Traveling as an act of faith

We’ve been driving the Durham-DC corridor monthly for the last 2 years (almost). Normally, even with rest stops, it takes about 4.25 hours. On Friday, it took an extra 2 hours due to traffic along the route. (The last-minute vacationers must be out in force.) Surely, it could have been worse, but arriving 2 hours later than normal definitely tests your patience and faith.

Faith enters the scene as you rely upon your fellow drivers to be nice on the road, not to exhibit road rage or other forms of aggressive driving, and trusting that when you do arrive, the anguish of sluggish traffic will quickly fade away.

My sister’s boyfriend, Donald, always reminds me of his drive from Columbus, GA to Charlotte, NC in 5 hours. It’s an impossible timetable no matter how you slice it. Moreover, claiming that you can cut an hour off a trip is the opposite of faith: over-certainty. It’s a denial of truth, too! But people constantly do it.

I wonder how many accidents are caused by people trying to break land speed records that don’t really exists while traveling the highways. What is really gained? A few minutes give or take?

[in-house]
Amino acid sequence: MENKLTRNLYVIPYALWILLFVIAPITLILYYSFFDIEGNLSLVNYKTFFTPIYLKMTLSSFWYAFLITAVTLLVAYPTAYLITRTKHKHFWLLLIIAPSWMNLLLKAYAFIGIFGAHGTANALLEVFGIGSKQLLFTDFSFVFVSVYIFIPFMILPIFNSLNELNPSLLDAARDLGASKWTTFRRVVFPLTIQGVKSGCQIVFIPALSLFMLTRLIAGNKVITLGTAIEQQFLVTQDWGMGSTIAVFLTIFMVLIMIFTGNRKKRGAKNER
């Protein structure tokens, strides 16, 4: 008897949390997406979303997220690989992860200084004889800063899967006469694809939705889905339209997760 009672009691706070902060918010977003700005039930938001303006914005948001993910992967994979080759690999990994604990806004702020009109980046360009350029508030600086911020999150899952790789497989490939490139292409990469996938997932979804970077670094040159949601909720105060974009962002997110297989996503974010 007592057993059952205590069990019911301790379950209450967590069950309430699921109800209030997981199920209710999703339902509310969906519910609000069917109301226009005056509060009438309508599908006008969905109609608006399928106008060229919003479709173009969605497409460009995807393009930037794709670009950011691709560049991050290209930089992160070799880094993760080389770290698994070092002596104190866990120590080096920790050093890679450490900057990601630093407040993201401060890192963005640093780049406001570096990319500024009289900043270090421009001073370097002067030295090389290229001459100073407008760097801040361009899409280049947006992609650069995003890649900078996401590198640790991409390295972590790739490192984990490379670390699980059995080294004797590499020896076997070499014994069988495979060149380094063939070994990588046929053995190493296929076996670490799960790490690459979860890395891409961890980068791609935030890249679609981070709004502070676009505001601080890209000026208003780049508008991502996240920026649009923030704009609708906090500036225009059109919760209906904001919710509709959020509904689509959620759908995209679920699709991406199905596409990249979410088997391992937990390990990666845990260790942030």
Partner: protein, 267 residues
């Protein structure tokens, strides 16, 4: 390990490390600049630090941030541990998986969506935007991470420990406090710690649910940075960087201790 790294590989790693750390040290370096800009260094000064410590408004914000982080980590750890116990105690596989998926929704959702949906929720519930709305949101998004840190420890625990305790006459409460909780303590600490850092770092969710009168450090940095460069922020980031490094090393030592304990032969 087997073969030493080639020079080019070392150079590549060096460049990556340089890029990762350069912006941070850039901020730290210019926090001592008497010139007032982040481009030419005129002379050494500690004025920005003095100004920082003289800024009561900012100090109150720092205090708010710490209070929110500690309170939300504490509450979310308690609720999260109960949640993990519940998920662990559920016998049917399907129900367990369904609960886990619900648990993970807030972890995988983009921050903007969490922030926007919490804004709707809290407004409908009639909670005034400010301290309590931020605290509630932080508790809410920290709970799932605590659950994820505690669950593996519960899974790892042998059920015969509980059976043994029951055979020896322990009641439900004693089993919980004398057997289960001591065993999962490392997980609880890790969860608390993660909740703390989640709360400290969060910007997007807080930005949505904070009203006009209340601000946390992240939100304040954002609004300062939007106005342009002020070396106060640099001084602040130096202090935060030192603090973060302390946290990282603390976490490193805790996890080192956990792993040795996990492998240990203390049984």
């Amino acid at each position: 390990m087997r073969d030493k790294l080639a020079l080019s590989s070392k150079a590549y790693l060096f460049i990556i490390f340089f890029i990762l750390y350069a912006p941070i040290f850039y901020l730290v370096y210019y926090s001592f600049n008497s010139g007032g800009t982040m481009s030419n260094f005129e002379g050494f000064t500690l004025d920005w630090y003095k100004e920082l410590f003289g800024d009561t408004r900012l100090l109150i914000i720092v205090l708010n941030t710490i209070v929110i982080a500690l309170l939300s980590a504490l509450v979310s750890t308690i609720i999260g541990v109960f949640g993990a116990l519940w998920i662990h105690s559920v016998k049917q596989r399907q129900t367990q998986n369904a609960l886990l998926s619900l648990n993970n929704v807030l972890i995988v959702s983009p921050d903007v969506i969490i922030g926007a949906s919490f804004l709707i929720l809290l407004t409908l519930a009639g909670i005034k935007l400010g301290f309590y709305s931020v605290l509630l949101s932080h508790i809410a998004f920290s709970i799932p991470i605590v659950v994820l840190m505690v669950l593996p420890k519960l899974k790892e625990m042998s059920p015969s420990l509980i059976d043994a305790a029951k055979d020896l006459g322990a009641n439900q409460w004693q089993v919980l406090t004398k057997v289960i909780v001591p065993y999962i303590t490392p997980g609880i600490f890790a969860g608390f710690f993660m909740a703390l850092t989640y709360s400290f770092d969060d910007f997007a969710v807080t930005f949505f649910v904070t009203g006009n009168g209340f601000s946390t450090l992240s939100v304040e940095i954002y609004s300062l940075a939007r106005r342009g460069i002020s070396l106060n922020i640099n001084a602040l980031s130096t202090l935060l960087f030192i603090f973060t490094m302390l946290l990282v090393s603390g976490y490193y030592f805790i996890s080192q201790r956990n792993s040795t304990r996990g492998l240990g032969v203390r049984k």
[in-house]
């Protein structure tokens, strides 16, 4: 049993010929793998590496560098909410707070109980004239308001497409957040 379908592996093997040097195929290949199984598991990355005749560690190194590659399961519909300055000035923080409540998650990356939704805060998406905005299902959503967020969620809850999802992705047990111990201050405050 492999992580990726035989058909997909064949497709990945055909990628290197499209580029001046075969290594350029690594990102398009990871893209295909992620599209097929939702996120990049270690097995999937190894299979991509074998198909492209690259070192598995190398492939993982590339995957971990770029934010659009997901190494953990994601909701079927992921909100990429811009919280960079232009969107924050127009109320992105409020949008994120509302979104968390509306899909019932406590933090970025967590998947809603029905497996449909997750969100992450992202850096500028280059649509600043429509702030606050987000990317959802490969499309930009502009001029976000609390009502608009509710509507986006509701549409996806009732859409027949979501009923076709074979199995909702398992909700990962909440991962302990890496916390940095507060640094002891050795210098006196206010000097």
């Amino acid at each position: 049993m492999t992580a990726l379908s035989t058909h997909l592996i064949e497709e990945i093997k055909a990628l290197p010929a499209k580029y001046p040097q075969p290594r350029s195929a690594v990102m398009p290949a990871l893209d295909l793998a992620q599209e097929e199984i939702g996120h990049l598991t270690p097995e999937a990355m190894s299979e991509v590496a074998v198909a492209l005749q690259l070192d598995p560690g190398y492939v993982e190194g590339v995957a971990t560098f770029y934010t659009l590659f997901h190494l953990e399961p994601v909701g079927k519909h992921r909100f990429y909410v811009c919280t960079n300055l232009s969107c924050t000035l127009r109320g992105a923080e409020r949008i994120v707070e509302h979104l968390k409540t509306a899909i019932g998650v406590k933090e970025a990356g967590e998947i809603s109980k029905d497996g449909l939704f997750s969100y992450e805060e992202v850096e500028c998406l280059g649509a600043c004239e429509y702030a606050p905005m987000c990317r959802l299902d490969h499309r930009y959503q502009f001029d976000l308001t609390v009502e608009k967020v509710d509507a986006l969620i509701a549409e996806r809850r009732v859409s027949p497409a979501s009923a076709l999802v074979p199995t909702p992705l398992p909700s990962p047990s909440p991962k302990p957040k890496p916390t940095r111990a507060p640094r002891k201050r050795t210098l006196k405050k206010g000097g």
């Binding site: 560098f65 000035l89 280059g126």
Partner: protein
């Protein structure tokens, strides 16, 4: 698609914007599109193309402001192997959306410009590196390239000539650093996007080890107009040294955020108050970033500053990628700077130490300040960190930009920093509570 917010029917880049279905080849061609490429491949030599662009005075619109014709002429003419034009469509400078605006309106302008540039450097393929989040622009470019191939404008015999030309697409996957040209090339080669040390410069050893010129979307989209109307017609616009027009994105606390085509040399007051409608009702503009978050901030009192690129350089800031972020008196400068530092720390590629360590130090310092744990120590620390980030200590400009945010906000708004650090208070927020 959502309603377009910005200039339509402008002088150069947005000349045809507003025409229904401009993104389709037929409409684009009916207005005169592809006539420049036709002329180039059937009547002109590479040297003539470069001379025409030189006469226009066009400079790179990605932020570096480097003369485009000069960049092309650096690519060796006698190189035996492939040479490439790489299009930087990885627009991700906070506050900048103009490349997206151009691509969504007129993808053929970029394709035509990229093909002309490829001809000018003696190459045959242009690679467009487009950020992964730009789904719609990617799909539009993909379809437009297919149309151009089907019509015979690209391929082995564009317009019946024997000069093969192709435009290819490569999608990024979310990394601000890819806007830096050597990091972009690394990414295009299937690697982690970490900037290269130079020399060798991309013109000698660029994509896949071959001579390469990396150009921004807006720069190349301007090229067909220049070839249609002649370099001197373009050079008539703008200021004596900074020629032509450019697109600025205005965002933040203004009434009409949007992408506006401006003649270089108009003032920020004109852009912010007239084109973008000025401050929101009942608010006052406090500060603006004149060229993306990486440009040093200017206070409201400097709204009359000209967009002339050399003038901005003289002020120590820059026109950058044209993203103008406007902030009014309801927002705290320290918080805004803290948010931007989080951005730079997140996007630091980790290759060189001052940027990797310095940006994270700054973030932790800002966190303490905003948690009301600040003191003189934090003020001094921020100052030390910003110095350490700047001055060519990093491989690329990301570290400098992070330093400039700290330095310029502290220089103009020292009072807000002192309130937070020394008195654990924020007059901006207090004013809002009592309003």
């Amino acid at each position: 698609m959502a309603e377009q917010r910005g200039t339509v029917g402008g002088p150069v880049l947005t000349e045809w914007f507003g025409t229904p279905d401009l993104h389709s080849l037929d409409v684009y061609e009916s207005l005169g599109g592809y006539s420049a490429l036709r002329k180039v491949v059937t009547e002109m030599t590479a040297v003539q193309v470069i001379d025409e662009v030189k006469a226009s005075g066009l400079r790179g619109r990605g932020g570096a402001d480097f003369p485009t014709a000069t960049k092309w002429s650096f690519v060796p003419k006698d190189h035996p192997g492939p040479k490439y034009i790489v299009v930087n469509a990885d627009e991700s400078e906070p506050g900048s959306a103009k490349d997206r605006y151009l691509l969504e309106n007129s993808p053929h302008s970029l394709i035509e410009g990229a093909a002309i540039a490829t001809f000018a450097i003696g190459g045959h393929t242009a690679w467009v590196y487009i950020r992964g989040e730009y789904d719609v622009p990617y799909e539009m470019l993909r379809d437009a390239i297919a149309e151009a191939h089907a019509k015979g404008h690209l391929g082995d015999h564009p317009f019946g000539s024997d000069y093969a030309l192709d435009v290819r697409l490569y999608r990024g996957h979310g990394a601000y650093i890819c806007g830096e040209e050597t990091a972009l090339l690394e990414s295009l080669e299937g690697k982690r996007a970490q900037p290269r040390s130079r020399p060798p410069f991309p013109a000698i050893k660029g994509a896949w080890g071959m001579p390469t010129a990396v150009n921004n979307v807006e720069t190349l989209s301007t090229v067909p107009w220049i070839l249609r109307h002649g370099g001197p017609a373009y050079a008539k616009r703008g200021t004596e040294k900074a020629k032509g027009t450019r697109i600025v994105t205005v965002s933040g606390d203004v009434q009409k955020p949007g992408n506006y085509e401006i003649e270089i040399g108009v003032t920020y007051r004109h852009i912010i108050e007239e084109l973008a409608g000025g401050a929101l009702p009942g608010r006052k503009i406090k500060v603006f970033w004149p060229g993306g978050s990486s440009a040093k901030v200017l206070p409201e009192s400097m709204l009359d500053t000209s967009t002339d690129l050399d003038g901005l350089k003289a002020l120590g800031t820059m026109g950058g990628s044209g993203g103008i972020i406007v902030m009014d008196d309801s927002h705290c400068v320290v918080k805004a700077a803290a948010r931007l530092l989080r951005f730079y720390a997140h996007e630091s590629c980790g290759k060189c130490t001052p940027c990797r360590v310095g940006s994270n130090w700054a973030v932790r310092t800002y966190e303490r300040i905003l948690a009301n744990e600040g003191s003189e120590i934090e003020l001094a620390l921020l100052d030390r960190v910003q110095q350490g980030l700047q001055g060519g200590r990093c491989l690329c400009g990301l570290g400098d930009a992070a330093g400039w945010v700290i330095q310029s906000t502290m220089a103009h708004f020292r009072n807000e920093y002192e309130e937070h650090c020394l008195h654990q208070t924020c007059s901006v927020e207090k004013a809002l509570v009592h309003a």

There seems to be something in our human relationship with driving a long distance that makes us want to imagine that we’re better (read: faster) than we really are. It’s as if there is some real human achievement in being able to say we made it somewhere in less time than the herd. I see nothing worthy of boasting in said feats.

True accomplishment with regard to traveling is being able to exercise patience, enjoying the scenery, and co-existing with your travel companions in a considerate way. The life of faith is similar. No matter how difficult life is, we are better off developing capacity for accepting certain realities, appreciating our struggles, and nurturing relationships along the way.

Coming home from DC was another slog, though not as bad. Luckily, Tamara was there to drive the majority of the trip since I was exhausted from duty. Another longer trip is on the immediate horizon. We’ll be putting our faith to the test, again. No rush here!

Peace & light,



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